– Blood work: Complete Blood Count (CBC), Chemistry profile, and Urinalysis. This needs to be performed at the MOST 30 days prior to surgery to ensure that your pet is a good anesthetic candidate.

– In older patients, additional diagnostics may be recommended such as chest radiographs and an abdominal ultrasound to get a complete health screen.

Assuming your pet is a good candidate for a total hip replacement the procedure will be described to you in detail along with the potential complications, recovery period/rehabilitation, and overall outcome. If for some reason a total hip replacement is not a good choice or another issue is found, other treatment options will be reviewed in depth. I always mention to owners to allot enough time for the consultation since a lot is performed on that first visit.

Will both hips need a replacement?

Every surgeon may have a differing of opinions on this. My thoughts reflect the more conservative viewpoint of 20% of dogs with disease in both hips, need hip replacements in both hips. We tend to see a large amount of patients compensating very well when one hip is replaced. That being said there are some dogs that do require both be performed. The typical time frame for performing surgery on the second side is about six months (sooner in a small number of patients).

Are there other hip procedures other than a total hip replacement?

There are four main surgeries available for hip dysplasia in the dog. The first two have strict time frame/age requirements. The first is called a Juvenile Pubic Symphodesis (JPS) which is a procedure that fuses a growth plate that allows the acetabulum (cup/socket) to cover the femoral head (ball) better. This must be performed in dogs under 6 months of age, before the growth plate closes on it’s own. The second procedure is called a Double/Triple Pelvic Osteotomy (DPO). This is performed ideally in dogs under 10-12 months of age and prior to development of any arthritis. This procedure improves the coverage of the acetabulum over the femoral head and can be very effective in dogs with subluxation rather than luxations.

The two main surgical interventions for adult dogs with hip dysplasia are the Total Hip Replacement (THR), which is the scope of this article and the Femoral Head Ostectomy (FHO). The femoral head ostectomy is a procedure where the femoral head is removed and not replaced. This removes the painful source of the femoral head as it contacts the surface of the acetabulum. This is performed with a degree of frequency in small breed dogs and cats, but is considered in some cases of larger breed dogs. There are some cases where this procedure is the best option, however it has been seen that overall use and function of the limb is diminished when compared to a successful total hip replacement. In some studies, an unsatisfactory result (decreased range of motion and decreased muscle mass) has been described in as high as 40% of cases where a FHO was performed.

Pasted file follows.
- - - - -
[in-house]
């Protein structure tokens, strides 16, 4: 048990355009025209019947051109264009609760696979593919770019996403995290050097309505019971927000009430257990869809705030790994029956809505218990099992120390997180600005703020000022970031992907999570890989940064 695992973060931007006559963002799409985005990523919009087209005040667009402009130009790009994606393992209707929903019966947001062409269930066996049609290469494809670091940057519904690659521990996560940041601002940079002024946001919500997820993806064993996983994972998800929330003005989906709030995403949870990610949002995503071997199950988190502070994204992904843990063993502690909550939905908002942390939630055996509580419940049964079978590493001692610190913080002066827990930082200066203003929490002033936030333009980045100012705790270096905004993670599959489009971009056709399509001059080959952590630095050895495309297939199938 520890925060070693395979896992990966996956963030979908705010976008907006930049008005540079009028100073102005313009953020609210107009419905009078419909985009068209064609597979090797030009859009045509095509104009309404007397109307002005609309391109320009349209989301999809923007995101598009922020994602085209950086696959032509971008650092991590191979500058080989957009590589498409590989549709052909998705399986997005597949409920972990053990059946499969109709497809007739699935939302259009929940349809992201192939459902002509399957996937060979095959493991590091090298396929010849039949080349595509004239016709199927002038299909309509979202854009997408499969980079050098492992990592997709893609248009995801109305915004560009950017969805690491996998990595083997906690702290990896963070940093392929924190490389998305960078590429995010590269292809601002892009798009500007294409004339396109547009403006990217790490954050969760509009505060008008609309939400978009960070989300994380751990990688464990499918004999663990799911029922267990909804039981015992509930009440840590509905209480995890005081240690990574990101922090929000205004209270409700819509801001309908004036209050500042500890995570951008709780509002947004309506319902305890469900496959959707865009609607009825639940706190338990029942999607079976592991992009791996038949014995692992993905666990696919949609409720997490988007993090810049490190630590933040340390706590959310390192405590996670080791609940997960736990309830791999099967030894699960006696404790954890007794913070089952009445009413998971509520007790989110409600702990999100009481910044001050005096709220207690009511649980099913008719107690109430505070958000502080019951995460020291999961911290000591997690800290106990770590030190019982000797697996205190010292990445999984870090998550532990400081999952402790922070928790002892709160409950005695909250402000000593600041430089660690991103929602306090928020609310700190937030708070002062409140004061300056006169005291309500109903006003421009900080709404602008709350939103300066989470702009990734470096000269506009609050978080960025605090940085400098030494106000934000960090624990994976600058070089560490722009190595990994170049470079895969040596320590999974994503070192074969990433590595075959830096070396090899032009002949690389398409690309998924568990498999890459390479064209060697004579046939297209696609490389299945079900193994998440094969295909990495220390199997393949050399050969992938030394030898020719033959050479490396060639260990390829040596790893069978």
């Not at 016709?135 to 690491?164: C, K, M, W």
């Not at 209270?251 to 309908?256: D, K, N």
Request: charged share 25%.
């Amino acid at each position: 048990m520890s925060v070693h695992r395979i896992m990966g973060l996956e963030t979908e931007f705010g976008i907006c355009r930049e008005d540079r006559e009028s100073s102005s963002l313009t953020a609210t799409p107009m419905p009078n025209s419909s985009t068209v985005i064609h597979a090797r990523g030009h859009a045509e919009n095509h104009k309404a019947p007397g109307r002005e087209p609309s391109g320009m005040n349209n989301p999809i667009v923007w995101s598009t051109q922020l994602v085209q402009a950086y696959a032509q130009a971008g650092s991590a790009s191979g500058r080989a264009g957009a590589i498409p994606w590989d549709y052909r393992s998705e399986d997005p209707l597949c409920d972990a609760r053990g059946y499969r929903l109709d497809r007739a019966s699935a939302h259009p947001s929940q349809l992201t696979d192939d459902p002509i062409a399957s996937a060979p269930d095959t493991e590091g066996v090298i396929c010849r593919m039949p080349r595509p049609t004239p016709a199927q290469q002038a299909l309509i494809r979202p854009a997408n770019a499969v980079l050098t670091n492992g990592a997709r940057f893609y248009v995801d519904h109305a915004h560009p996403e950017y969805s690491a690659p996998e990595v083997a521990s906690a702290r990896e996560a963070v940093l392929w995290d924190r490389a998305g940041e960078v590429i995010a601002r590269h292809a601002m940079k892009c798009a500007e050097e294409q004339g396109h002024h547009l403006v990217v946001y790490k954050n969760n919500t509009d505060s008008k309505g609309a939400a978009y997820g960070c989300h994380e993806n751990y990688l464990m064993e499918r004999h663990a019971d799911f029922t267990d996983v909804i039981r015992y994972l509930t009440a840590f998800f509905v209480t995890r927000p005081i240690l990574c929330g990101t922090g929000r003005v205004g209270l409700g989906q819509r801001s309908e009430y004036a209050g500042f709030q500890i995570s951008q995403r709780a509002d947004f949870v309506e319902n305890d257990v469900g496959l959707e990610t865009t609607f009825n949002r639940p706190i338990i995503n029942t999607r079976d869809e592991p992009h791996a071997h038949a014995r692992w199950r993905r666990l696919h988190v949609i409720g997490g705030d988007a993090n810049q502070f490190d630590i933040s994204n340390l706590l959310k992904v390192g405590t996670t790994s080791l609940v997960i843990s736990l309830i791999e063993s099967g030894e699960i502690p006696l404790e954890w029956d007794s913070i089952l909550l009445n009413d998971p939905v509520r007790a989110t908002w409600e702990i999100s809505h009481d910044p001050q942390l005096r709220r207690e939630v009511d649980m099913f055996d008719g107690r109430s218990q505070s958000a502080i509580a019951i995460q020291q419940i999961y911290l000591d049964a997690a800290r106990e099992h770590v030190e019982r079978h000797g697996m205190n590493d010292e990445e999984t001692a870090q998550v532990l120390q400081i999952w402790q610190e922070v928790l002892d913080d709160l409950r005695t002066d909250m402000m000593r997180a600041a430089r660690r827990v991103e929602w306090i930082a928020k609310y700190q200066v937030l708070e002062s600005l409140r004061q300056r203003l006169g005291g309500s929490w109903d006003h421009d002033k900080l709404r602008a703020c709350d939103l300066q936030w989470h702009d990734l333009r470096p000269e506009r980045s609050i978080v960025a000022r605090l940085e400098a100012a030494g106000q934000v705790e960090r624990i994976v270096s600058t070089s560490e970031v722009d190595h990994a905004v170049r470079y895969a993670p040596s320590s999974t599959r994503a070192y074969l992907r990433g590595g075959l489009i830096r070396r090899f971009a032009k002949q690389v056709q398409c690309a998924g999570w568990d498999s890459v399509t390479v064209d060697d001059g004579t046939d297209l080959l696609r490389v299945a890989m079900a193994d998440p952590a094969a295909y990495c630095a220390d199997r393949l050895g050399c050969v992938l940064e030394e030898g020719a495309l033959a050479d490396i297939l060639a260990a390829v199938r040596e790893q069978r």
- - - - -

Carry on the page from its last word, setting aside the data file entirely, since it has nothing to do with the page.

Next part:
The total hip replacement is a procedure that replaces both the femoral side (femoral head and neck) and the acetabulum. This procedure when successfully performed allows for normal, uninhibited movement of the new hip and generally allows for a full recovery. This procedure has been done in many working dogs (police dogs, service dogs, etc.) in which the dog is able to resume its normal “job”.

Are “cementless” implants better than “cemented” implants?

There are definitely pluses and minuses to both systems. “Cementless” implants are also thought of as press fit and have a surface where the bone grows into the implant. “Cemented” implants are held in place by a polymerizing bone cement and is as strong as it will be once it solidifies and dries. We do see a slightly higher risk of infection around the implants with the cemented implants as well as what is termed “aseptic” loosening. Where the bone anatomy allows, we strive to use the “cementless” implants.

What are the potential risks and complications that could occur after a total hip replacement?

During the initial consultation we always cover potential complications. While the total hip replacement procedure has a high success rate, there are always potential complications. The first type of complication would involve implant complications, which can be exacerbated if the post-operative instructions are NOT strictly followed. Our patients, after all, are dogs and will not regulate their activity appropriately, herein lies the owner’s responsibility. If the patient is too active the more common type of complications are implant shifting, luxation of the hip, fracturing of the femur, femoral stem subsidence, and seroma formation. The first three complication would require another surgery. Other complications could include infection (short and long term), aseptic loosening of the implants, etc.